Avengers: The Enemy Within #1, by Kelly Sue DeConnick and Scott Hepburn. This is the start of a crossover between Captain Marvel and Avengers Assemble, both excellent books being written by DeConnick. Carol is putting up missing posters of “Grandma Rose,” the sweet old lady who kept calling her Captain America, while thinking about her lesion and the hallucinations she’s about to start having. Spider-Woman’s trying to cheer her up, but Carol’s not in the mood. It’s an amazing scene. We don’t often really get to see superheroes just interacting. DeConnick writes them with humour, compassion, anger – as people reacting to difficult circumstances. We get a brief scene of Yon-Rogg going into Carol’s apartment, looking for something. Then we cut to Carol and Jessica finding the Grapplers. Lady wrestlers turned supervillains. Jessica gets one of the best quips ever: “The last time you gals were a going concern, we were all into pouches and asymmetrical haircuts!” Awesome. Unfortunately, Poundcakes’ footstomps are affecting Carol’s lesion, forcing her to fly to avoid it. Poundcakes then tells her Rose is in Central Park. Carol uses her airbike to get there, and meets Thor, who’s agreed to help out. They find a couple dinosaurs. Rose is inside, and so is a scrap of paper with Carol’s address. She rushes home, meeting Jessica there, but no one’s inside. She scares the hell out of Chewie, though. Then she finds some souvenirs she’d collected. A snowglobe with a pair of dinosaurs. A mugshot of Deathbird. Grappler dolls. And an envelope she kept a scrap of the Psyche-Magnitron in. This is a great comic. DeConnick is a fantastic writer, who infuses characters with humanity. The story’s full of drama and humour in equal measures, with even Thor cracking wise before bringing the hammer down. And the friendship between Carol and Jessica is a real highlight. I definitely recommend reading this. You should be picking up Captain Marvel and Avengers Assemble, too. Especially Captain Marvel – we need to prove that Marvel’s female characters can hold a series.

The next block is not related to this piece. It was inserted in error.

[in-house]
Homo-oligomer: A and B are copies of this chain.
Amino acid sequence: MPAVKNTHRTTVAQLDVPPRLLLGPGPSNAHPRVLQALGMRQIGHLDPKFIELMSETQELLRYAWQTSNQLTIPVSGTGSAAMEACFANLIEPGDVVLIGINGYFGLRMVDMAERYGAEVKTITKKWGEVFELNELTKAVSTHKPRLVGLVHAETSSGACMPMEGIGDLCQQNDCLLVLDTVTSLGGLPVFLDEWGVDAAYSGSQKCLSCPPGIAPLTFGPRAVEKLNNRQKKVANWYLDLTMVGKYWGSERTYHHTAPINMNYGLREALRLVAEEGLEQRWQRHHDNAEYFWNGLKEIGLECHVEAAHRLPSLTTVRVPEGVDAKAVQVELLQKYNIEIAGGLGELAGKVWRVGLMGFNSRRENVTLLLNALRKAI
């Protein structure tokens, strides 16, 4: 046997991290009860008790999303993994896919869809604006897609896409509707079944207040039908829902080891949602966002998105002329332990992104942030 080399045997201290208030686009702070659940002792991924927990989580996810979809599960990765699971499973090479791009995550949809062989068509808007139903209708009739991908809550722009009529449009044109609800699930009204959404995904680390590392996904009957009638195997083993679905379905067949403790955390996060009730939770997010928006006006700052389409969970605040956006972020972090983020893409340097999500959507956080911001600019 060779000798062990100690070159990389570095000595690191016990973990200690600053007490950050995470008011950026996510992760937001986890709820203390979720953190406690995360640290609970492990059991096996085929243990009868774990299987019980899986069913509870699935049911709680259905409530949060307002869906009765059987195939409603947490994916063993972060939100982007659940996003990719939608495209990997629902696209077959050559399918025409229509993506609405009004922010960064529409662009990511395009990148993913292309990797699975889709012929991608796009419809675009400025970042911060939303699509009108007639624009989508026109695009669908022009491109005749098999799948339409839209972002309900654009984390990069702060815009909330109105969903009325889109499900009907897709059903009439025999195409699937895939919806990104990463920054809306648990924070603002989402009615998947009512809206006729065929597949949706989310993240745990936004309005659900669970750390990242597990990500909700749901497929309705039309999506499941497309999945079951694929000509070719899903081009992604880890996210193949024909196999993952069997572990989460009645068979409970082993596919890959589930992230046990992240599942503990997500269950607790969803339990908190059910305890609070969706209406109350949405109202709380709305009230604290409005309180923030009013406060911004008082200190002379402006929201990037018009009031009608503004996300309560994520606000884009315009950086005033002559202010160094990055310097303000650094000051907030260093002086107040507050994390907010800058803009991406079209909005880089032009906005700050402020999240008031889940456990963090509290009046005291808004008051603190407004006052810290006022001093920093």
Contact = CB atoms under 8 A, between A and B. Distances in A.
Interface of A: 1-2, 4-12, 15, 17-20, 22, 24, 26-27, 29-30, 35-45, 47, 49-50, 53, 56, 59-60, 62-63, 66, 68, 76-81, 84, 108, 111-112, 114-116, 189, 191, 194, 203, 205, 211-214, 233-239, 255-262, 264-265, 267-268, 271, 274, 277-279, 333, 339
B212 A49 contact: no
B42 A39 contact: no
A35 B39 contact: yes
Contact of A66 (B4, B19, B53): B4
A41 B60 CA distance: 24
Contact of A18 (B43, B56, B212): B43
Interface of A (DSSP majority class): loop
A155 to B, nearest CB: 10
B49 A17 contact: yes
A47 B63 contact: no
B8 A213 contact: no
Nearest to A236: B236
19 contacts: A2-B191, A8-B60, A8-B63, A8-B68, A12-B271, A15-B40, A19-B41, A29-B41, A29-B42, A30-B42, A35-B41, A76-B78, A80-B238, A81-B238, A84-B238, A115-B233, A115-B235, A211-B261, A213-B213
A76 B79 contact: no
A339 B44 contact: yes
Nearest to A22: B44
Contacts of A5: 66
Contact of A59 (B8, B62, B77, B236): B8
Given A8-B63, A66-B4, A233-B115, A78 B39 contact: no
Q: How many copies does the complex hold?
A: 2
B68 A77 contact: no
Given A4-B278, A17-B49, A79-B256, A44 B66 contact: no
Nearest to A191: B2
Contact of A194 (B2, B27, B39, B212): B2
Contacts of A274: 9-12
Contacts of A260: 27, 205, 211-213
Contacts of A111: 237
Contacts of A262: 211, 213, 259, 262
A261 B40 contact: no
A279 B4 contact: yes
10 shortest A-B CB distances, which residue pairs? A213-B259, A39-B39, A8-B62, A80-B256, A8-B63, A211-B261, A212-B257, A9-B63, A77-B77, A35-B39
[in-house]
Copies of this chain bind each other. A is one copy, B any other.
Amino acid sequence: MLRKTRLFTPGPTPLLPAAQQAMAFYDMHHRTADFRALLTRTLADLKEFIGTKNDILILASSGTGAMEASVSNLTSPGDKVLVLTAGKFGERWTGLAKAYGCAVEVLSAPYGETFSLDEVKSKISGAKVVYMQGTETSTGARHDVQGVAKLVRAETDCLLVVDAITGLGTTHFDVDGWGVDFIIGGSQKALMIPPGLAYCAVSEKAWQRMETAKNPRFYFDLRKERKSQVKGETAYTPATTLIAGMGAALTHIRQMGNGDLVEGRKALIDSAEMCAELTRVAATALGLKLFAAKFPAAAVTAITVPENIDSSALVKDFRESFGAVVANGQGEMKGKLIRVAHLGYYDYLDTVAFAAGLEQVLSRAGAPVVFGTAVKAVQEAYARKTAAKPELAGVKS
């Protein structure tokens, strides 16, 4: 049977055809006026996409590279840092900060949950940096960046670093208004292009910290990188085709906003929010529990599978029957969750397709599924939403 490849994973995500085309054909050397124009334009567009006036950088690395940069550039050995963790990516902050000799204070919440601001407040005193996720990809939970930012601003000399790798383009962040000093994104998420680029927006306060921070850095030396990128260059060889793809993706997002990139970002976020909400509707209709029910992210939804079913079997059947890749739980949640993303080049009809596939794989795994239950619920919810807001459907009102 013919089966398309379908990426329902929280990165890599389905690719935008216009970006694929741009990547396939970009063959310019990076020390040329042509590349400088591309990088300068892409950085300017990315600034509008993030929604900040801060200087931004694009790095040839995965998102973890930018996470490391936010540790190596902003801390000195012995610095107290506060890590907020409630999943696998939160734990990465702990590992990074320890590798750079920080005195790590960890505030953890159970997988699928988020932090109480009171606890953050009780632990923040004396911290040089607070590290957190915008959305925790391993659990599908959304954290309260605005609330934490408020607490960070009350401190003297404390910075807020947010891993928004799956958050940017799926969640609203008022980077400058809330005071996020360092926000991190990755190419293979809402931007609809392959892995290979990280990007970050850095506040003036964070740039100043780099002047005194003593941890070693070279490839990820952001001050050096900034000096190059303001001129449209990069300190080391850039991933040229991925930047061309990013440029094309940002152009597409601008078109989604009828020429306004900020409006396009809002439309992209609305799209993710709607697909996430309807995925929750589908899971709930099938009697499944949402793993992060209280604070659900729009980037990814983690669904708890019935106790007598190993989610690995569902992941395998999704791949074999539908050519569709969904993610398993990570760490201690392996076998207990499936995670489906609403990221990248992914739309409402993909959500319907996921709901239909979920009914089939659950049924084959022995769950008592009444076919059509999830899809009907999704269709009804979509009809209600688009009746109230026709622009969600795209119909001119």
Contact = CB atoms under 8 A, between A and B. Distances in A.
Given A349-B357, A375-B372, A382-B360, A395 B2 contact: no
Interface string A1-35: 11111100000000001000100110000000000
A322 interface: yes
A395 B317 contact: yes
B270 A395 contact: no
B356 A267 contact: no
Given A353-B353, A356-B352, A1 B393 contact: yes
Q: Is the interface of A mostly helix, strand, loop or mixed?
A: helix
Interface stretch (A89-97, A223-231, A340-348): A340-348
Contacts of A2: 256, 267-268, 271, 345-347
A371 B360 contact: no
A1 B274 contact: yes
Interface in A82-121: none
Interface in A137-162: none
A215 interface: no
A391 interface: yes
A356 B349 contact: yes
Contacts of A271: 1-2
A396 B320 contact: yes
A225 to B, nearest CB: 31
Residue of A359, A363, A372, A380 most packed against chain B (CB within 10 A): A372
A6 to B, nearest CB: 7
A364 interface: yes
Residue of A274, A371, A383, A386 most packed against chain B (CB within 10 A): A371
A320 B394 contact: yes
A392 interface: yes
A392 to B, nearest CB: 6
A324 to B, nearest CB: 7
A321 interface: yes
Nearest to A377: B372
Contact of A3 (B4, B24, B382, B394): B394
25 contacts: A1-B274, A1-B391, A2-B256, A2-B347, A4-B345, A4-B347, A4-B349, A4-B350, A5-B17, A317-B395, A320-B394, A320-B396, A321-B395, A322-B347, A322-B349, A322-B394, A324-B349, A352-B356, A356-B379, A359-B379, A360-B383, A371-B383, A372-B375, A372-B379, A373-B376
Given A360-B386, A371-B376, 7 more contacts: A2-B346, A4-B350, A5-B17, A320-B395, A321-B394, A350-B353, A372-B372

Age of Ultron #8, by BrianMichael Bendis and Brandon Peterson. Tony Stark is viewing the memories of Wolverine and Sue, and is amazed at it. Xavier and Emma – fully covered yet still oozing sex appeal – confirm that the memories are true. Tony’s concerned about Morgana le Fey. Interesting. Tony goes to interrogate Wolverine, and says he lost half his body in a Latveria-Asgard war, torn in half trying to keep Morgana from conquering North America in addition to Europe. Very interesting. And very cool. Morgana’s always a neat villain. Anyway, turns out the Avengers broke up not long after Wolverine killed Pym, and then magic beat technology, and Asgard abandoned Earth. The Defenders decide to go talk to Susan and Wolverine. They bust into Sue’s cell, but she’s not there. Then the door closes. Then Morgana shows up, riding a dragon, with an army of horn-headed Doombots. Yep, this reality’s awesome. The fight’s pretty fun. And I just love this alternate reality. It’s so interesting. The writing’s solid. Still not a lot of characterization for Sue, but she does get to show how badass she is by breaking out of restraints. Wolverine also gets little, but it’s pretty deep when he does get it. Stark is the star of this issue, and he’s very interesting. He’s clearly not happy with his world. I wouldn’t be surprised if he ends up being the one who sends Wolverine back to stop himself from killing Pym.